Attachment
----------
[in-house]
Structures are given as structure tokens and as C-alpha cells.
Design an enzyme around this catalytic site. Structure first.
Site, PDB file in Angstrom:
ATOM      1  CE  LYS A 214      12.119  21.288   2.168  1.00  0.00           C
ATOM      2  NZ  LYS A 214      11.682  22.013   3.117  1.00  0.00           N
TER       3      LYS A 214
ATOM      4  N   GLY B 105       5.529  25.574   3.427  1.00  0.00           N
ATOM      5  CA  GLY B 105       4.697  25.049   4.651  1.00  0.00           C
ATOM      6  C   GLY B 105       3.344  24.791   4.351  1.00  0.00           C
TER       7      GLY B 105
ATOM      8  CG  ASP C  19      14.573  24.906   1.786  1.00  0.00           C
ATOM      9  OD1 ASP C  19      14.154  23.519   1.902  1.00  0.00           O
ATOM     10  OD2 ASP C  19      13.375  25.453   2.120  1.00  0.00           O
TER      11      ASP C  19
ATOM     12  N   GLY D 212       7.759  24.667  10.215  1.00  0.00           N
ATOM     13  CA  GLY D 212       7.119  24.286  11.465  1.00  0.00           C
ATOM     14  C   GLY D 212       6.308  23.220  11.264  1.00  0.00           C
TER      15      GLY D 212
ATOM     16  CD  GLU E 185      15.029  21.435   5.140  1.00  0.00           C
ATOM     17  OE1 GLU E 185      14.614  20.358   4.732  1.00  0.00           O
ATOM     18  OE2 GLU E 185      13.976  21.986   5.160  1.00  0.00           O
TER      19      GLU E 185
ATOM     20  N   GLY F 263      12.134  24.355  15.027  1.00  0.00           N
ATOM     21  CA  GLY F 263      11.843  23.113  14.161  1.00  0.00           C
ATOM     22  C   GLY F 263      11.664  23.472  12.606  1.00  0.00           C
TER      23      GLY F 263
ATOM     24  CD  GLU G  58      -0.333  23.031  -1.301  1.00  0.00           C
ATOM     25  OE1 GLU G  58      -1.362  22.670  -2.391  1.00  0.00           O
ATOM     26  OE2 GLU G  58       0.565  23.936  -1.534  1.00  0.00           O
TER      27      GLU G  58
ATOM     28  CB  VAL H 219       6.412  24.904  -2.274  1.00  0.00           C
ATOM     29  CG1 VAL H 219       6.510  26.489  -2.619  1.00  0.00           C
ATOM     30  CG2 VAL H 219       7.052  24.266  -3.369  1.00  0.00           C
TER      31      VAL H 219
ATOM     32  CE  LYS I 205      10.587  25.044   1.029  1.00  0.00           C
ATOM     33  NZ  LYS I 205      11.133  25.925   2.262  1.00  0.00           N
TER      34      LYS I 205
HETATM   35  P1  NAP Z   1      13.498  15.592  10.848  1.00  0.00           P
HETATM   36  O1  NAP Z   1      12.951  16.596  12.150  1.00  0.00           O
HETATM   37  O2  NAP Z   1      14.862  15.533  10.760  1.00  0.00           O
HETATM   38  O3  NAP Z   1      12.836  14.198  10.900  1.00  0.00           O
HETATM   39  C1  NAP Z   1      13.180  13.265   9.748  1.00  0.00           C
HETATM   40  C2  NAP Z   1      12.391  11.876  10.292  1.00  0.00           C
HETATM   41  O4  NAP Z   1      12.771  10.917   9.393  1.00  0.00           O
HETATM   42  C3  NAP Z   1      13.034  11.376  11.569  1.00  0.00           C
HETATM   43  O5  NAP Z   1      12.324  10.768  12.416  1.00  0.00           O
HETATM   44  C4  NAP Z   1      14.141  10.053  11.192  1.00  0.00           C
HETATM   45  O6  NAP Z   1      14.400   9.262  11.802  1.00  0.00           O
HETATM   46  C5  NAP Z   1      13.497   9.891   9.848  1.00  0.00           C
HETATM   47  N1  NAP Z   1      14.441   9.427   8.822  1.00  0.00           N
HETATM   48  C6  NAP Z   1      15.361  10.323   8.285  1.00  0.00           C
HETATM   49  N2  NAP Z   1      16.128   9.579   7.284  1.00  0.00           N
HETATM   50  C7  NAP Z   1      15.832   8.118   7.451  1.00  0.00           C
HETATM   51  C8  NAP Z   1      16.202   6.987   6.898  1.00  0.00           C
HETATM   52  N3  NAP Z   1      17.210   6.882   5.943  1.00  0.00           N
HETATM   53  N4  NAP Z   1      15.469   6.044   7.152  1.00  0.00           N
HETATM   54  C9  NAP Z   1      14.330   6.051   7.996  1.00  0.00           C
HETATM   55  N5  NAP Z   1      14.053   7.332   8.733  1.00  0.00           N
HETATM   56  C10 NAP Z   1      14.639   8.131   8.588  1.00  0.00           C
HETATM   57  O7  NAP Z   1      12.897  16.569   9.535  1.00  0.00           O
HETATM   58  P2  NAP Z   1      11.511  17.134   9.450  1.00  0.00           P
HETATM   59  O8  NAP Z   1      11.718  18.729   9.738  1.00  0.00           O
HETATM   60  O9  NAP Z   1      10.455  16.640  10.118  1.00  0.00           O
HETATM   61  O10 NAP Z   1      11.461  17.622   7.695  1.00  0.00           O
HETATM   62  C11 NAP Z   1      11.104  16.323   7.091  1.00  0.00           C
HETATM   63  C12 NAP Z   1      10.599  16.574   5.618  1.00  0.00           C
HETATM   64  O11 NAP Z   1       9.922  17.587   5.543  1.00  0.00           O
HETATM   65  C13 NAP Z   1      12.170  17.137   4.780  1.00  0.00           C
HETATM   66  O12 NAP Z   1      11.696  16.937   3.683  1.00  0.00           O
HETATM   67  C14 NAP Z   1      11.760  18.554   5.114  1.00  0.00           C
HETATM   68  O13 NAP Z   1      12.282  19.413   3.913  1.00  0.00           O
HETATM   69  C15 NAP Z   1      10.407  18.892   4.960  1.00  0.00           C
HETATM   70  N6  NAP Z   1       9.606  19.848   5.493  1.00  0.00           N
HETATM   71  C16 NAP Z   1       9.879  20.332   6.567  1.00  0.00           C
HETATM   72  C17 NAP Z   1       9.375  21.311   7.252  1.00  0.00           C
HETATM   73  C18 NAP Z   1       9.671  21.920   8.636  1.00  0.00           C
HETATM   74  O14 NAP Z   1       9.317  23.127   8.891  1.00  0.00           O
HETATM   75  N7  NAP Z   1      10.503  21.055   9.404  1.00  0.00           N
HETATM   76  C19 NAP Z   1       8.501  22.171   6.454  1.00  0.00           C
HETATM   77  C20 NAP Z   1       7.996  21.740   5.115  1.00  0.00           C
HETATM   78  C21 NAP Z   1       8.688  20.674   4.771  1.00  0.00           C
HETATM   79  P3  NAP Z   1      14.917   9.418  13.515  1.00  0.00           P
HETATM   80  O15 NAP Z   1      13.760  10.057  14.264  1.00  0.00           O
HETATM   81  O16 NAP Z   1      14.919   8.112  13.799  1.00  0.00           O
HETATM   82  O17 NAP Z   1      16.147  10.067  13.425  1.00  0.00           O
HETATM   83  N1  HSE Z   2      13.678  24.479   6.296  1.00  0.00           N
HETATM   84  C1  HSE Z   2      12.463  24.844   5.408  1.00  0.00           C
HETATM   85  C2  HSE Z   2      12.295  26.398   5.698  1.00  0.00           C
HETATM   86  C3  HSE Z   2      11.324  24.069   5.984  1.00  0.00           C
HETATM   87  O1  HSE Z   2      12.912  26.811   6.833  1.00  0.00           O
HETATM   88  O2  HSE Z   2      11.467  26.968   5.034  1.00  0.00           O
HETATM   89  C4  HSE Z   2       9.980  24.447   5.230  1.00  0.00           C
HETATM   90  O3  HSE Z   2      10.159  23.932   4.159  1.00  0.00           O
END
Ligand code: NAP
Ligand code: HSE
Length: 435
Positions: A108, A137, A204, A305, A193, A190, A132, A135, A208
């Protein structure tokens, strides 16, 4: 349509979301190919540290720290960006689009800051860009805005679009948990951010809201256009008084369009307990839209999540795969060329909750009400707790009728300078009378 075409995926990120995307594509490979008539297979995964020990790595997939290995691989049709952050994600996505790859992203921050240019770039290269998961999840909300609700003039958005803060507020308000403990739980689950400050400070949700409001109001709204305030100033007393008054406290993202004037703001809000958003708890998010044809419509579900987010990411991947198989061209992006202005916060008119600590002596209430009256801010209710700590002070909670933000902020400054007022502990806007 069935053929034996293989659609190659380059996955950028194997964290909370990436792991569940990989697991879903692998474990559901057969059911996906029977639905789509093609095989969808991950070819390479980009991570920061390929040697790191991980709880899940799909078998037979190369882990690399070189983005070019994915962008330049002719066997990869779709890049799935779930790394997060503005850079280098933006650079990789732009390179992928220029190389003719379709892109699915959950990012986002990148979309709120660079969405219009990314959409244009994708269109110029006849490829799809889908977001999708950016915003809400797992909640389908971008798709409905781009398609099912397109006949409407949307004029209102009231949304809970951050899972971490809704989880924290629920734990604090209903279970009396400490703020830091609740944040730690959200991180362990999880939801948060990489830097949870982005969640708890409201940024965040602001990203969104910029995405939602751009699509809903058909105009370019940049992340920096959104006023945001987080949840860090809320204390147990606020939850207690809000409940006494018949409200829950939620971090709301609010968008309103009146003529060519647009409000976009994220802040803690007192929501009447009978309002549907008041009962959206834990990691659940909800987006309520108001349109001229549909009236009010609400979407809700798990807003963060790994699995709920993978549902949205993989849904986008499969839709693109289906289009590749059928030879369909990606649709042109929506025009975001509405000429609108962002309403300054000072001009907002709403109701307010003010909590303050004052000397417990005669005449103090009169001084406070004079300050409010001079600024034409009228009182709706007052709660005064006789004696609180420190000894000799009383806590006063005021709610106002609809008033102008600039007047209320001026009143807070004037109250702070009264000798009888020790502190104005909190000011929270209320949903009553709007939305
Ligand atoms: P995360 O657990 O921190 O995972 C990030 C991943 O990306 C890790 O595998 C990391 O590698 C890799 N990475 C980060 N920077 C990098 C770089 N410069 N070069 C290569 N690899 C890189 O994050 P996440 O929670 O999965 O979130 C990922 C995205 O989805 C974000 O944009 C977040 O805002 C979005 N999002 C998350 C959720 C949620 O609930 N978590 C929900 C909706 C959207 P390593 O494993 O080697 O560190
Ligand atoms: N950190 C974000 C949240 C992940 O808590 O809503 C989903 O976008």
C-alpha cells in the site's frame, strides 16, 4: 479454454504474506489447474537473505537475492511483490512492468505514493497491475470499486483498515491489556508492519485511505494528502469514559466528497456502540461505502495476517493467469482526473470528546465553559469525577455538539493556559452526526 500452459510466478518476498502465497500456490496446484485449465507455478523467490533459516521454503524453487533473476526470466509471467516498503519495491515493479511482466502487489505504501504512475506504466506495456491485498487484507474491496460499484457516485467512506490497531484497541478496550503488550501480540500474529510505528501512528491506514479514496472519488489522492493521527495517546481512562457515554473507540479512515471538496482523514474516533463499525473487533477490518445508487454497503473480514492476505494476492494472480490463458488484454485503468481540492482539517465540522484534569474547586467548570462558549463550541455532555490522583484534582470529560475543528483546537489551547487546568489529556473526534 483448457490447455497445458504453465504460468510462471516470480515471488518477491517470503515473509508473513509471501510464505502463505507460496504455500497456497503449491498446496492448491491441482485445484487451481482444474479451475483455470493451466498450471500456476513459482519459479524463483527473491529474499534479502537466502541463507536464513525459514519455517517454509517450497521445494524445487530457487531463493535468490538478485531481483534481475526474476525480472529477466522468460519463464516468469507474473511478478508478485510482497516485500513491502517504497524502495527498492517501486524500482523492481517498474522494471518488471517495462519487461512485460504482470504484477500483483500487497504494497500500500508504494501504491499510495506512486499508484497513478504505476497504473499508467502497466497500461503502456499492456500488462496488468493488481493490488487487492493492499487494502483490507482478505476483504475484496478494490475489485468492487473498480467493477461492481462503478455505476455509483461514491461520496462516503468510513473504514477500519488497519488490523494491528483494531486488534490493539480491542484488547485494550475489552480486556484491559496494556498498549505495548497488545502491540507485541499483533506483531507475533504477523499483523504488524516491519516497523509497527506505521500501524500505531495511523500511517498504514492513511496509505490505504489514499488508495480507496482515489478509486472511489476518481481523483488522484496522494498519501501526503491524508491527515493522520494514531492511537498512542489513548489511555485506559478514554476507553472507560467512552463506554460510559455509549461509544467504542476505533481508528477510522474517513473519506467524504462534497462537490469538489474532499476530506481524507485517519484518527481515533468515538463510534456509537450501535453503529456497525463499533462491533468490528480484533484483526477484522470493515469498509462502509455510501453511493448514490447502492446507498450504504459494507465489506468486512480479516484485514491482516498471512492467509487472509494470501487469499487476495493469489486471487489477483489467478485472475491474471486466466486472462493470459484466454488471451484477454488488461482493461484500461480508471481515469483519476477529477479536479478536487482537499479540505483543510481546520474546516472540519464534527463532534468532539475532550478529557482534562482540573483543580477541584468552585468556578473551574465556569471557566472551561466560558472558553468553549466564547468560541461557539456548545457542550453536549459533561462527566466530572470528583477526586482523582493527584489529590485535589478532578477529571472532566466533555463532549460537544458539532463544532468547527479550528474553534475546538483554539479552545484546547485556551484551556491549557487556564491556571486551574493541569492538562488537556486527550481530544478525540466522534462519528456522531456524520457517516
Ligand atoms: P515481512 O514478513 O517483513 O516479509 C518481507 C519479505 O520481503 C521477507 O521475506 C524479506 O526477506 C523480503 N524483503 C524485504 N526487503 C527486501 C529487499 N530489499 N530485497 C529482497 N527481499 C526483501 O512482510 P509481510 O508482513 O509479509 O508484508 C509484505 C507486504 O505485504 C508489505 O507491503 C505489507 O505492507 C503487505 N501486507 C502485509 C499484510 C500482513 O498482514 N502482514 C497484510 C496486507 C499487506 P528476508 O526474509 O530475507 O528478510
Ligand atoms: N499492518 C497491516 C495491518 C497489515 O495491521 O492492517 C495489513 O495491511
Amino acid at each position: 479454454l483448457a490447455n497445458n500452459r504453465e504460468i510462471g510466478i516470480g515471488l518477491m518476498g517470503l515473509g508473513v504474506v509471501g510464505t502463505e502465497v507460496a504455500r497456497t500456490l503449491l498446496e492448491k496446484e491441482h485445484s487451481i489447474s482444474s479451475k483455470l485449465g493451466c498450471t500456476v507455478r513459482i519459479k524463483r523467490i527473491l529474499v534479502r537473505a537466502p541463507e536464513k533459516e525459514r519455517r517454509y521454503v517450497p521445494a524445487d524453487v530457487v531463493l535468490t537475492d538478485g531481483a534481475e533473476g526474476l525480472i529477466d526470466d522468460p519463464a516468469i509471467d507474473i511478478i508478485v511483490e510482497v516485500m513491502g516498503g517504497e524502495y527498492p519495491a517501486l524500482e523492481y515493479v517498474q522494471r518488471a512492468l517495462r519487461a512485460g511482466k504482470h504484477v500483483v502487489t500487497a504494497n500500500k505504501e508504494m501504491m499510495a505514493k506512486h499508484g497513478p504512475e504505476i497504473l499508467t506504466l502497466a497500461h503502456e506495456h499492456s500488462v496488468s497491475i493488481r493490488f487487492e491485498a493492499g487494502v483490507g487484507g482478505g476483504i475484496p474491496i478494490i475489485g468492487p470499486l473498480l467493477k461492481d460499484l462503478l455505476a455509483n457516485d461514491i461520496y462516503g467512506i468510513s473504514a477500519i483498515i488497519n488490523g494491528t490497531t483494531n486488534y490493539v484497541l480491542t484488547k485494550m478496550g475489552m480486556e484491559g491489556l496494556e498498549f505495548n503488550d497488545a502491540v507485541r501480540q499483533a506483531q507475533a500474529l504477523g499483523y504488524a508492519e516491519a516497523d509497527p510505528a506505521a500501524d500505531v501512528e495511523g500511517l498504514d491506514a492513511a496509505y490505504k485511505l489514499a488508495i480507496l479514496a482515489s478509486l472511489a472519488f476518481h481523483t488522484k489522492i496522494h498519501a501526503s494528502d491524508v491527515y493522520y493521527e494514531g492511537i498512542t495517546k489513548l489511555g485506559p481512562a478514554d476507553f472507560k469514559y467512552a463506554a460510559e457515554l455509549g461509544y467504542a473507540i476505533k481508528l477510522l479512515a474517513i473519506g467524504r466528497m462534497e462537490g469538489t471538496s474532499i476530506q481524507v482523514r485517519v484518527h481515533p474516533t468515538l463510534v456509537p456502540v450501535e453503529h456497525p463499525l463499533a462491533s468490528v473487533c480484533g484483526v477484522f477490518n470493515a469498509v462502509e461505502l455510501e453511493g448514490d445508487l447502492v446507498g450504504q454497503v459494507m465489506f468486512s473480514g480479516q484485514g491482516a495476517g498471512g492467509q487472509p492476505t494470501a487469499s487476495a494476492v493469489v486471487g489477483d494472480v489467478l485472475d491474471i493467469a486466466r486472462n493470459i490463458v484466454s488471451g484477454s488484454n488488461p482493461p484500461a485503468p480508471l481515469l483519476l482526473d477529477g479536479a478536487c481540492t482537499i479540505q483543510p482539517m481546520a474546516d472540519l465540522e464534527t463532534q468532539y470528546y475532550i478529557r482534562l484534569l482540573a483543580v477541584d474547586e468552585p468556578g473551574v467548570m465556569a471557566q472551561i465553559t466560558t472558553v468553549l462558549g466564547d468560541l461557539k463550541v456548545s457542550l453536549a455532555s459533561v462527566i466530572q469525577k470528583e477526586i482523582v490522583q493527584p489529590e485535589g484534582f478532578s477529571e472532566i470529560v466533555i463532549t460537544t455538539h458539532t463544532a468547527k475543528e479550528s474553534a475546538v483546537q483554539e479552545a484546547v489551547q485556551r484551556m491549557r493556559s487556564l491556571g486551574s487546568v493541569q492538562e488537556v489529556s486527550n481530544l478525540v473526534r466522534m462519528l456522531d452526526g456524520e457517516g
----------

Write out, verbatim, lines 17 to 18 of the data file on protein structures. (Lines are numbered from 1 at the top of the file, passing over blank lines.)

ATOM     13  CA  GLY D 212       7.119  24.286  11.465  1.00  0.00           C
ATOM     14  C   GLY D 212       6.308  23.220  11.264  1.00  0.00           C